“Diversity in tech is not about guilt, morality, or the word ‘should,’” said Van Jones, president and co-founder of #YesWeCode. Diverse companies are showing strong evidence of outperforming non-diverse companies, Jones explained. Diversity in tech is about the bottom line.
“At this moment, we have reached a breakthrough level of Bay Area employers committing to the idea of apprenticeships sourcing talent from nontraditional pipelines,” said Jones at the Diversity in Tech Summit at the Oakland Museum October 19. #YesWeCode announced a new Employers’ Council of 30 leading tech companies who have committed to 300 paid positions for non-traditional candidates over the next 5 years.
The Oakland summit brought together leaders from Twitter, Yelp, Lyft, Pinterest, eBay, Square, SolarCity, Pivotal Labs, thoughtbot, NationBuilder, and Good Eggs to address head-on how to get more diversity in the tech economy.
"The reason diversity is a priority for companies and the reason the government is getting involved is there will be a million-worker shortage by 2020,” said Dave Hoover, co-founder of Dev Bootcamp, which transforms beginners into full-stack Web developers in 19 weeks. “Finding non-traditional talent sources is a very cost-efficient alternative to outsourcing.”
“Silicon Valley was built on a particular monocrop of genius,” said Jones. “Oakland is the most diverse city in the country. Every kind of human ever born lives in Oakland. 37 languages are spoken in our public schools. There’s an extraordinary amount of genius in this town 38 minutes — without traffic — from an industry built on scaling genius. How do we connect the brilliance of Oakland to these opportunities?”
#YesWeCode facilitates access for companies to nontraditional pipelines such as community college, an online degree, military schooling, or boot camp.
“We aren’t going to use PC terms. We are talking about young poor kids,” Jones told the crowd that included representatives from three mayors’ offices and US Rep. Barbara Lee. ”When we held our national Hackathon, there were engineers from top companies literally with jaws hanging open at how incredibly smart these kids are, trying to solve problems the engineers had never heard of. Like the kid who had an idea for an app for court date reminders. Now when I went to Yale, 80% of my peers were unpoliced drug users. But these kids are from a different world and end up in the system, and that’s a whole untapped world. There is opportunity here.”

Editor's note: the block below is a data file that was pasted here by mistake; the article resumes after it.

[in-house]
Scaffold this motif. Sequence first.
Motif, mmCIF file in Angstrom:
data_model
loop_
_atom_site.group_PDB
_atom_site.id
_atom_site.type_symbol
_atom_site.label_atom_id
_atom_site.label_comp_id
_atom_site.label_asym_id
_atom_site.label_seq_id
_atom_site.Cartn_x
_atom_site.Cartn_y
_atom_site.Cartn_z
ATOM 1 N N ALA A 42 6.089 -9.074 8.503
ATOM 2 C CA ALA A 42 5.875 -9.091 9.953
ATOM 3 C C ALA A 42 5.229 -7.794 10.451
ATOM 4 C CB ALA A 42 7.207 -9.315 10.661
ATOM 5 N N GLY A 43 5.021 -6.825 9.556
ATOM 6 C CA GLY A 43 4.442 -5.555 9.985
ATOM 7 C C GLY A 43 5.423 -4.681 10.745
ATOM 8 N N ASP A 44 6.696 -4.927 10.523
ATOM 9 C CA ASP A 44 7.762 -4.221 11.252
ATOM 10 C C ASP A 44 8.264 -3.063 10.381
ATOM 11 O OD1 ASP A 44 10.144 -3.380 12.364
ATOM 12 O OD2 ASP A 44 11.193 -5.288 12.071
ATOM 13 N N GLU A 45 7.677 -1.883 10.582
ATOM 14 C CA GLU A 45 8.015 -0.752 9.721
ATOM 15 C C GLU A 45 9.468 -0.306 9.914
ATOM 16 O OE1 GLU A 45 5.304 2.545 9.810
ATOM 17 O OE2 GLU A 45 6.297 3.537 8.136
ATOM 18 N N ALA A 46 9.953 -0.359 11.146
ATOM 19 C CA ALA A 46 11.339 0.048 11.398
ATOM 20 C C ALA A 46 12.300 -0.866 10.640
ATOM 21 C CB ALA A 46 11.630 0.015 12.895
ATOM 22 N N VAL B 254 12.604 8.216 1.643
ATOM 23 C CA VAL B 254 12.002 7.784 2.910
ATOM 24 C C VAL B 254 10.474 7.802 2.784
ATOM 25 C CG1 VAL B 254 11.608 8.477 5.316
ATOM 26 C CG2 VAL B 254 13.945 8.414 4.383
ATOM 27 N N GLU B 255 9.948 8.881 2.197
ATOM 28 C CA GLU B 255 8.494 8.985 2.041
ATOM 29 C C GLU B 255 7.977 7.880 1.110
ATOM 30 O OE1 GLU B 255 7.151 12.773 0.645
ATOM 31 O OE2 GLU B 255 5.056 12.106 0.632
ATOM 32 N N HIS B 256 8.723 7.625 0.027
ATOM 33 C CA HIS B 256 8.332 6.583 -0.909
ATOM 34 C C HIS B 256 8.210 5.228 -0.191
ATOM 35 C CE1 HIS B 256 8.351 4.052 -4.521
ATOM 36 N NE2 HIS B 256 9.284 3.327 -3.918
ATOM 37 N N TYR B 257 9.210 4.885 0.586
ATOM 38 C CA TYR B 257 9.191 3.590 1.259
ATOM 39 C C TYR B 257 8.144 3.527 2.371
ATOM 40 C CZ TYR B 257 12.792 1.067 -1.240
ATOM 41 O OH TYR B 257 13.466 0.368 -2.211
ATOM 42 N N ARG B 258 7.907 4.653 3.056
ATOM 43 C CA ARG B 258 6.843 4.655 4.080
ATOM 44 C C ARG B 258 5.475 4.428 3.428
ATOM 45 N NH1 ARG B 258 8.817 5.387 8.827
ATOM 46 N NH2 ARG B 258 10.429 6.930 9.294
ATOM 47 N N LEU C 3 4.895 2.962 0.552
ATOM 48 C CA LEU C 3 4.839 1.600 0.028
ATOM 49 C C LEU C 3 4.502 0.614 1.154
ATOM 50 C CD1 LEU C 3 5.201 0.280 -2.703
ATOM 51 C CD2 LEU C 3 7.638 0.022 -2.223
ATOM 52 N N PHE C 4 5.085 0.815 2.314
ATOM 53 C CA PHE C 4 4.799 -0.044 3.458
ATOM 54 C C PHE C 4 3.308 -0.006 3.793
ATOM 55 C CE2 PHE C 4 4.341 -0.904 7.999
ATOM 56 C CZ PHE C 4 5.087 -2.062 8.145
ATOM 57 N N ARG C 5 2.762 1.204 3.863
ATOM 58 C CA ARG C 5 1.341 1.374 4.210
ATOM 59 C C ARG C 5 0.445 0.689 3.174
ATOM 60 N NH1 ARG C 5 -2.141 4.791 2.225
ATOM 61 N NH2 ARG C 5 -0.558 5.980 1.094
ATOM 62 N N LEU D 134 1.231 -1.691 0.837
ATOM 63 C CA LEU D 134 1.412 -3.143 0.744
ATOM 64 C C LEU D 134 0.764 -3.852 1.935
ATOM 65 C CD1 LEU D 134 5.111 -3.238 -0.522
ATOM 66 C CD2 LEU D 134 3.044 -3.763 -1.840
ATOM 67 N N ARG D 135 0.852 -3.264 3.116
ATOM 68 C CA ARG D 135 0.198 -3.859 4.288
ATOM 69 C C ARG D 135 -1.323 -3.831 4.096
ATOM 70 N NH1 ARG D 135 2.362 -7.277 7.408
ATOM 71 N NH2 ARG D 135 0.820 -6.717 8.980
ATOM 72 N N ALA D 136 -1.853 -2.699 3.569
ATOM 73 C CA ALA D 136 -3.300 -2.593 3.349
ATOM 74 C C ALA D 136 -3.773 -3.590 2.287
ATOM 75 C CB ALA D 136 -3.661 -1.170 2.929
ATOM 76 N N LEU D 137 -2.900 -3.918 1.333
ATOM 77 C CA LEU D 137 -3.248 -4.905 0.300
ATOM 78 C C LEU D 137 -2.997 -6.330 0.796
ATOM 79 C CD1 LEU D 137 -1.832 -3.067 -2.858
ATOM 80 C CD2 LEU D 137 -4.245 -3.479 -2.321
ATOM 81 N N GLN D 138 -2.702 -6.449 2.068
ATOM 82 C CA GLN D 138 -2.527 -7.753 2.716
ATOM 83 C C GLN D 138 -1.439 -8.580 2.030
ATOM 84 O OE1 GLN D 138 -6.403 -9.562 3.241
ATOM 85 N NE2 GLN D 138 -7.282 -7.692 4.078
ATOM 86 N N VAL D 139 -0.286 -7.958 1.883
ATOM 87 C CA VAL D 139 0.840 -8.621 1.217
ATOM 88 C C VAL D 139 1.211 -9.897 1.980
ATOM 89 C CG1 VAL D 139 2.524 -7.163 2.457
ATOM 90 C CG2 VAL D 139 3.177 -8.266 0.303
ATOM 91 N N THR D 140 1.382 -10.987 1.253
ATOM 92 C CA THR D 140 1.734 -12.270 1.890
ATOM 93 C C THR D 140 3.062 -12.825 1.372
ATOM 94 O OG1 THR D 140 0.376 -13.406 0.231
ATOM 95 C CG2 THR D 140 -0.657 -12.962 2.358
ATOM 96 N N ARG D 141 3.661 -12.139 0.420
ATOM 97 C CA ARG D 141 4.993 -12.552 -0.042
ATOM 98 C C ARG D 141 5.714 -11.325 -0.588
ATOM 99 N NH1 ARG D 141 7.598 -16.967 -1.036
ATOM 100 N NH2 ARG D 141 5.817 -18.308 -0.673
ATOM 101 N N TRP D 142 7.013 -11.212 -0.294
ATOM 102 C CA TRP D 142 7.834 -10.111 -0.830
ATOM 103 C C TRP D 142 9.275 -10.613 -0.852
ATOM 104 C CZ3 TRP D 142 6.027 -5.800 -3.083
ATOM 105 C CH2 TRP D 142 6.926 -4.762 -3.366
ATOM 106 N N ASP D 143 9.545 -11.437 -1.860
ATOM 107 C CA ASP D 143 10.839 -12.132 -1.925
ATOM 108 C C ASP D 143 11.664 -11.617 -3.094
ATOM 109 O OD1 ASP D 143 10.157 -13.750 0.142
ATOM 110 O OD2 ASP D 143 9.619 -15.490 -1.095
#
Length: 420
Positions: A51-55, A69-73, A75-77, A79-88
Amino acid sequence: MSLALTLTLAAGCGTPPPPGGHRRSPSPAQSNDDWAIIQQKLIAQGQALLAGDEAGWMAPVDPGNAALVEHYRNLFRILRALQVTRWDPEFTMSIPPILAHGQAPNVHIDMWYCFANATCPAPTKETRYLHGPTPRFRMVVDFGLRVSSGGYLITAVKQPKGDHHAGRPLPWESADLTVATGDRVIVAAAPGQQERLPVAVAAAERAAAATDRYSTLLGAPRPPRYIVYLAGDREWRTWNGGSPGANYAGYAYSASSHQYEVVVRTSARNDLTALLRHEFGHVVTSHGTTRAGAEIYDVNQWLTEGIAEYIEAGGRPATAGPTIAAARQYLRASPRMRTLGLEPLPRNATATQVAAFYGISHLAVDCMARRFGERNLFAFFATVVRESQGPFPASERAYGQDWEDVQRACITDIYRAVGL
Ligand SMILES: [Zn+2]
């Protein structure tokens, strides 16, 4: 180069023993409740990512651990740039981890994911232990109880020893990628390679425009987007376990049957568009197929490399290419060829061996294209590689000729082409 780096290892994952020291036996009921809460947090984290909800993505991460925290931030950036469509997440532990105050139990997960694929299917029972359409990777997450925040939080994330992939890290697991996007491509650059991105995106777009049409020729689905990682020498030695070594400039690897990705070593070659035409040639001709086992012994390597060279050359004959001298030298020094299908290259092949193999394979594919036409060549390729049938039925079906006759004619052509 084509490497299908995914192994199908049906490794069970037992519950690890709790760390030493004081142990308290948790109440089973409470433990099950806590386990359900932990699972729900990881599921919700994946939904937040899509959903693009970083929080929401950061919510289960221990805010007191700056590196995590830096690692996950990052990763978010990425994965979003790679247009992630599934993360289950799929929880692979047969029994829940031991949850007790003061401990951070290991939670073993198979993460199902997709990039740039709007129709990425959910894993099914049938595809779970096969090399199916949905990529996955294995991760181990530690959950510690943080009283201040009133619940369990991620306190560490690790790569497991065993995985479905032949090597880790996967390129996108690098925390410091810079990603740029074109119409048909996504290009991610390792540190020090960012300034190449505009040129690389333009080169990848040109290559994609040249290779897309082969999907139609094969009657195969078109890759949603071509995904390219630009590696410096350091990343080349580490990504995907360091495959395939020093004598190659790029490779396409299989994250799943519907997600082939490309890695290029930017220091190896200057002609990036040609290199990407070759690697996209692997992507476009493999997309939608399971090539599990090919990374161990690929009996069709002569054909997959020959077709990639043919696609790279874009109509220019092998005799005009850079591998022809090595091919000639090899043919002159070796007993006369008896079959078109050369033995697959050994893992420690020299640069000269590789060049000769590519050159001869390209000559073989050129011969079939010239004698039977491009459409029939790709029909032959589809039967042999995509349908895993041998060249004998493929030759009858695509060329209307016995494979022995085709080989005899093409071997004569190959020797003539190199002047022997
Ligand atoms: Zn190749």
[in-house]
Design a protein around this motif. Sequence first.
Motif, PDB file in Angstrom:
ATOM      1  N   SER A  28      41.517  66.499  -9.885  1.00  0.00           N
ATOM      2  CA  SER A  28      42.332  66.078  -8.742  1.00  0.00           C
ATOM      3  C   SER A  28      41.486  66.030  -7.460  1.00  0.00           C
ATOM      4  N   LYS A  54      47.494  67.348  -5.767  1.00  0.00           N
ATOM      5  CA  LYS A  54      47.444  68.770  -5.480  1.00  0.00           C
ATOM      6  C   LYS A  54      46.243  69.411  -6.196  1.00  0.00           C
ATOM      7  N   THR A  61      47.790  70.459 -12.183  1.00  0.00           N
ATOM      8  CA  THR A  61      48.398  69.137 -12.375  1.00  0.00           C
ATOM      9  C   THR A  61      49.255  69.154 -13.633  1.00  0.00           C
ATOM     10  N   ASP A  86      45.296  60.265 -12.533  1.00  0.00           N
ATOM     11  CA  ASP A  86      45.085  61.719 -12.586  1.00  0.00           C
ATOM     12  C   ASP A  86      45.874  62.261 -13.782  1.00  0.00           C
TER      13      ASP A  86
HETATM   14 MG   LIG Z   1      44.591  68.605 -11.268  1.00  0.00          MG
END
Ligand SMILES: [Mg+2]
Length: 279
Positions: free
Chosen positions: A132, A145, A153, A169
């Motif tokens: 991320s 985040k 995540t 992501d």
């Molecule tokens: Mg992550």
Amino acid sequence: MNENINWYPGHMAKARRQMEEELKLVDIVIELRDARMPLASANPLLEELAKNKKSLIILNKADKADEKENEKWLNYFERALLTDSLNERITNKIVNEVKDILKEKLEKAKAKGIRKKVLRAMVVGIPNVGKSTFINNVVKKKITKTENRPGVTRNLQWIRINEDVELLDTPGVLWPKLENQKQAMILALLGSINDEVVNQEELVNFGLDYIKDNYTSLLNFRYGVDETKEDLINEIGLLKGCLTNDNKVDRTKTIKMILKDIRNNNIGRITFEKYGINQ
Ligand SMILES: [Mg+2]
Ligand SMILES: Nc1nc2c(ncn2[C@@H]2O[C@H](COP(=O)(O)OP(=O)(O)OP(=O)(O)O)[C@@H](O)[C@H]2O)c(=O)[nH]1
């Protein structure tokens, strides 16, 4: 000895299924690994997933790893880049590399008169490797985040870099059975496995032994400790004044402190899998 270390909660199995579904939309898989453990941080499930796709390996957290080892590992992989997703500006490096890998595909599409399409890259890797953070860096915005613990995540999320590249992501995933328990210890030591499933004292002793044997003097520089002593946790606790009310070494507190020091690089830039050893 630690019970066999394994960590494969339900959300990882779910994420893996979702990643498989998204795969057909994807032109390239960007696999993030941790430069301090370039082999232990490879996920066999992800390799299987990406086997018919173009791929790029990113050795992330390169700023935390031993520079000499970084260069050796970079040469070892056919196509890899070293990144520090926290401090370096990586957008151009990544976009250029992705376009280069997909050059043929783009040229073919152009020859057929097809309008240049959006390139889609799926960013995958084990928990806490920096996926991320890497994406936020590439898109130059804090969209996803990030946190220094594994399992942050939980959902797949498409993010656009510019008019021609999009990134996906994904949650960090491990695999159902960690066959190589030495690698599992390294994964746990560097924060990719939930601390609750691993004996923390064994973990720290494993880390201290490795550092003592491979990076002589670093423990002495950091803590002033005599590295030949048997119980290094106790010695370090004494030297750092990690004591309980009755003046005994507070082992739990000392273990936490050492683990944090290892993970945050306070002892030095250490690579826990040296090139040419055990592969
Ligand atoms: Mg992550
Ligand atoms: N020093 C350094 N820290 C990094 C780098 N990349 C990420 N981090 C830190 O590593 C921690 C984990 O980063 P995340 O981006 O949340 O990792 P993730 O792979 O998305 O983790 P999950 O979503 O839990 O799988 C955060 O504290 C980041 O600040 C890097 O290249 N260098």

“There was a young woman in foster care who said her clothes were all hand me downs from charity,” Jones continued. “‘People laugh at us,’ she said. ‘We do things you wouldn’t want your daughters to do so people don’t laugh at us.’” But she had a great idea: what if we had a way to pick our own clothes from uploaded photographs? Now, the secondhand trade is worth a billion dollars, so here you’ve got a foster kid with a billion-dollar idea in her head.”
“Motivated young people may have circumstances that prevent them from attending 4-year colleges,” said Johnnie Williams, #YesWeCode’s Apprenticeship Director. “The talent is there. It’s all about providing resources.”
Hoover, who ran Groupon’s apprenticeship program, explained how apprenticeship is ideal at this moment because of the way hiring has changed, “There’s a lot of great potential out there, and there’s a new industry saying, ‘potential over credential.’ The great thing about software development is that when bringing someone new on board, you can ask them to code something and look at the product.”
Marcy Tavano, Director of People at Pivotal Labs, echoed that analogy: “When hiring we think of ourselves as the basketball coach considering a new player. Let’s get you on the court so you can show me how you play.”
“Software is a team sport,” said Dan Croak, chief marketing officer of thoughtbot, “The internship that tech companies use has evolved into a more structured mentorship. You come on board as a second pair of hands on a client’s project. But your primary purpose is to learn, so you are encouraged to pause client work and go deep into a topic when you need to. We hire two-thirds of apprentices, and recently there’s been a 10% lift of people of color in the program.”
It’s no longer enough to hire exactly the right narrow candidate, because that role might last, say, 8 months. Companies have learned that when hiring, it’s more cost-effective to think like a skill producer than a skill consumer. “Your business is your talent,” said Hoover. In an age of non-templatized jobs, the ability to transition roles is key, and apprenticeship is the perfect platform for cultivating the full-deck, evolving developer.
Tamika Ross, chief of staff for Oakland mayor Libby Schaaf, said, “The word we like to use now is ‘tequity.’ We have a new talent pipeline. The growth can be shared. New cities can connect to a regional economy. And we can set young people up for success.”
“We think a lot more is possible,” said Jones. “It’s like Prince said — the older people in the crowd know who Prince is — you can have more Mark Zuckerbergs and Marissa Mayers if you have different expectations of people.”